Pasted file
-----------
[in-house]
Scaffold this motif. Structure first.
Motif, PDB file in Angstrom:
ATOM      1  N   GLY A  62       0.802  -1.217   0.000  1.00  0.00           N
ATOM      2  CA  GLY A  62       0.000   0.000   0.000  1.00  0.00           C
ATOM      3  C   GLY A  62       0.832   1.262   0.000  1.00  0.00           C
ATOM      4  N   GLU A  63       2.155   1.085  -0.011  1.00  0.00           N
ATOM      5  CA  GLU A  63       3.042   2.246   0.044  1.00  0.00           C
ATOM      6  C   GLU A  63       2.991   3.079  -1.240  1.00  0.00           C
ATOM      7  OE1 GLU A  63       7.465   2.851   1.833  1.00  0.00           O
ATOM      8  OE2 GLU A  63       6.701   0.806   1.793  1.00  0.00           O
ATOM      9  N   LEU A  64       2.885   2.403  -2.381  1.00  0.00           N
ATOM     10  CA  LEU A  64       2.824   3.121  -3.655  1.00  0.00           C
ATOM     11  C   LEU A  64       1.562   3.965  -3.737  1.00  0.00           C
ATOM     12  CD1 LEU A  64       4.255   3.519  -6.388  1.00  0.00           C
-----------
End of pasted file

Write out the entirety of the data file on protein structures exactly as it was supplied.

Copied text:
[in-house]
Scaffold this motif. Structure first.
Motif, PDB file in Angstrom:
ATOM      1  N   GLY A  62       0.802  -1.217   0.000  1.00  0.00           N
ATOM      2  CA  GLY A  62       0.000   0.000   0.000  1.00  0.00           C
ATOM      3  C   GLY A  62       0.832   1.262   0.000  1.00  0.00           C
ATOM      4  N   GLU A  63       2.155   1.085  -0.011  1.00  0.00           N
ATOM      5  CA  GLU A  63       3.042   2.246   0.044  1.00  0.00           C
ATOM      6  C   GLU A  63       2.991   3.079  -1.240  1.00  0.00           C
ATOM      7  OE1 GLU A  63       7.465   2.851   1.833  1.00  0.00           O
ATOM      8  OE2 GLU A  63       6.701   0.806   1.793  1.00  0.00           O
ATOM      9  N   LEU A  64       2.885   2.403  -2.381  1.00  0.00           N
ATOM     10  CA  LEU A  64       2.824   3.121  -3.655  1.00  0.00           C
ATOM     11  C   LEU A  64       1.562   3.965  -3.737  1.00  0.00           C
ATOM     12  CD1 LEU A  64       4.255   3.519  -6.388  1.00  0.00           C